12 Jan 2021 Trump extends immigration ban
to March 31, 2021
On December 31, 2020, Pres. Trump extended his “immigration ban” through March 31, 2021, just hours before it was set to expire.
By way of background, and as I detailed in previous articles, in April 2020, Trump issued a proclamation (which he renewed and expanded in June 2020), banning the issuance of immigrant visas for people outside the U.S. who were under petition by family members or employers. The ban also applied to temporary non-immigrant working visas, such as H-1B.
His justification for the ban were the effects of COVID-19 on the U.S. labor market, and the health of American communities as a matter of “ongoing national concern”, which have not been eliminated. His concern was the high unemployment rate in the U.S., and it’s not fair to let people immigrate who will take away jobs from U.S. workers.
Is there anything that can be done in the meantime? Here are some possibilities and the chances of success:
- Biden could rescind or cancel this proclamation? But we have seen from Deferred Action for Childhood Arrivals (DACA) the difficulty of a president trying to undo Executive Actions or proclamations of previous presidents. Obama instituted DACA by Executive Action, and Trump tried to rescind it by Executive Action, but there was lengthy litigation, going all the way up to the Supreme Court, which held Trump did not properly rescind DACA.
- Legal action? By the time the case gets through the courts, it will probably be past April 2021, so it seems litigation would be a waste of time. Also, courts have held a president may, by proclamation, “suspend the entry of all aliens or any class of aliens” whenever he finds that the entry of such aliens or class of aliens would be detrimental to the interests of the United States.” Trump believes letting in immigrants who will take away jobs would be “detrimental.” So, it could be Trump’s proclamation would be found to be lawful.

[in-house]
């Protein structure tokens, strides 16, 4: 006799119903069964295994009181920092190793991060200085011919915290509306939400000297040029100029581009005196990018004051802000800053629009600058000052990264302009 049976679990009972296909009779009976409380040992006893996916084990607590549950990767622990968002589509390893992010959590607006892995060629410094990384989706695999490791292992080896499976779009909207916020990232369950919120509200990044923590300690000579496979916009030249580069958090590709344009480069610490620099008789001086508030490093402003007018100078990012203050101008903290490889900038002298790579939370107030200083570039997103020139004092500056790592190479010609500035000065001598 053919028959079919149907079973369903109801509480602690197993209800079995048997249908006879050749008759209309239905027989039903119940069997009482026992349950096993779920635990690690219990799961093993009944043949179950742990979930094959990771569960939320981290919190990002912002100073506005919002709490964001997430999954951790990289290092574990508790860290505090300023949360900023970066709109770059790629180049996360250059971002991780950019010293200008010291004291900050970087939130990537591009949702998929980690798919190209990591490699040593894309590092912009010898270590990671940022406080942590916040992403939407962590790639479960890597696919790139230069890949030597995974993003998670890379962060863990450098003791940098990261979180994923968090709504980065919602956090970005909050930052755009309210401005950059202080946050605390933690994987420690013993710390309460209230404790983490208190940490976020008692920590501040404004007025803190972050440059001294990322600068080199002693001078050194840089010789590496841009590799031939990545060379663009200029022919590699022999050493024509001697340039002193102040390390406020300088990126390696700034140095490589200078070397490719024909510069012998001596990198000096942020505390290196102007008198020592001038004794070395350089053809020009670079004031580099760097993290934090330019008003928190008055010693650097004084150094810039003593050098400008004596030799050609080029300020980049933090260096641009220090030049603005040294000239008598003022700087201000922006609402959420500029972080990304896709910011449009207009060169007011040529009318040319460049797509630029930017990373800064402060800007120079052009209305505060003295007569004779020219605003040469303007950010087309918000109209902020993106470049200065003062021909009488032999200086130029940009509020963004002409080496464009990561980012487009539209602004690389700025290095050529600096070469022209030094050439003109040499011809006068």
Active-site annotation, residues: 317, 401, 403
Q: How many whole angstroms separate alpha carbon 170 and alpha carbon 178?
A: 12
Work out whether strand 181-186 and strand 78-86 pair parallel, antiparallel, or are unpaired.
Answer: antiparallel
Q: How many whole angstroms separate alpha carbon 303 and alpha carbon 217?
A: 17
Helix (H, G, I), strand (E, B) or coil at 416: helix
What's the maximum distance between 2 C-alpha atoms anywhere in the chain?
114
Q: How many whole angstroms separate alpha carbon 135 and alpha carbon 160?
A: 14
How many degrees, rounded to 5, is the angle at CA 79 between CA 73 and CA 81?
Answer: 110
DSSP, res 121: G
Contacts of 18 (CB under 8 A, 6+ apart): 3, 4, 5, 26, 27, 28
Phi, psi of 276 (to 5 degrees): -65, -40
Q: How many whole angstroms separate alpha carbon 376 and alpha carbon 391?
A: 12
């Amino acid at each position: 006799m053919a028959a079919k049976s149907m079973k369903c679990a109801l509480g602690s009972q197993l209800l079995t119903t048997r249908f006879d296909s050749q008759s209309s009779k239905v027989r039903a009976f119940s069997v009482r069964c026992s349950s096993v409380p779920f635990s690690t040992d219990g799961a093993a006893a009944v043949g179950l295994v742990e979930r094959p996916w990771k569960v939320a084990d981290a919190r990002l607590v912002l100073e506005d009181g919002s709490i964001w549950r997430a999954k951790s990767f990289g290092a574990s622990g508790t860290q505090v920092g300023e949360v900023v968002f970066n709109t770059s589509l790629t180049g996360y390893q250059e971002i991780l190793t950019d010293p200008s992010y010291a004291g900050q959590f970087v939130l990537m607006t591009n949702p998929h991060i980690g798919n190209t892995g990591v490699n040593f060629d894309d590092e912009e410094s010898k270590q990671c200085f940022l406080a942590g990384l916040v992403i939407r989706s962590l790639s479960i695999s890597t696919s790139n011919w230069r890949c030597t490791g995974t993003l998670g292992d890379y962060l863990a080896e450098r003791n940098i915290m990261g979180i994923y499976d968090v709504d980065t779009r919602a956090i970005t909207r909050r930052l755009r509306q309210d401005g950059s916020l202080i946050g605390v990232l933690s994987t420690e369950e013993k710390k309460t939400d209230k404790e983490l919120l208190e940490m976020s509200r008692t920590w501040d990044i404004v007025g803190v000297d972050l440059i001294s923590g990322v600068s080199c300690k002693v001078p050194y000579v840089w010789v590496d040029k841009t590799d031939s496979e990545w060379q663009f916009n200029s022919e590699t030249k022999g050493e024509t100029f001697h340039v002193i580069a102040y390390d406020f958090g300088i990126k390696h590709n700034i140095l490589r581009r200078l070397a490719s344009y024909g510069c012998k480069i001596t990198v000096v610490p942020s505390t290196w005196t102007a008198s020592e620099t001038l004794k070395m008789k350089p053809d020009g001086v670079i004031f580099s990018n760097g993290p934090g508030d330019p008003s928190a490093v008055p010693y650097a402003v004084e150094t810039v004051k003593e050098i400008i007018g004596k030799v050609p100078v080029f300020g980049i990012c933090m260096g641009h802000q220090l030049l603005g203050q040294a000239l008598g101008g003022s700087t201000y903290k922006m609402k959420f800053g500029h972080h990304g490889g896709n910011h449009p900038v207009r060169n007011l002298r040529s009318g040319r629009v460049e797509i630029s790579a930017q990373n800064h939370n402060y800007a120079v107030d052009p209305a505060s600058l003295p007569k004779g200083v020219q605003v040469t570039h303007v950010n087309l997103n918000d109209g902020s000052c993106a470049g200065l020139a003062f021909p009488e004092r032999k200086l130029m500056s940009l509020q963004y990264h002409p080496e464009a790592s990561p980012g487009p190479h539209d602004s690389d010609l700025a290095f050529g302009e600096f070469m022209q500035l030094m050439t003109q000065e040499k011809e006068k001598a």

- Department of State (DOS), National Visa Center (NVC), and the U.S. embassies would still likely take months before they reopen and can start scheduling interviews, even if there were no proclamations. While DOS says it will start reopening posts on a case-by-case basis, there are still Covid concerns, travel restrictions, etc. Also, people would need to update medicals, and likely the U.S. will require Covid testing and vaccination. We still don’t know when vaccines will be distributed worldwide.
The bottom line is that it is extremely disappointing Trump extended the immigration ban when he will already be out of office. But most likely, by the time anyone tries to challenge the proclamation, it will be April 2021 already.
But keep reading my articles, subscribe to my YouTube channel (US Immigration TV), check my Law Office’s Facebook page (GurfinkelLaw), and continue watching Citizen Pinoy, to be kept updated, as many new procedures and policies will take place. And Biden promises change and reversal of Trump’s harsh policies.
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Your immigration case (and your future in America) are not something where you should try to cut corners or save money by trying to do it yourself. Pres. Trump has made obtaining immigration benefits much more difficult and riskier, such that legal representation could greatly increase your chances for success.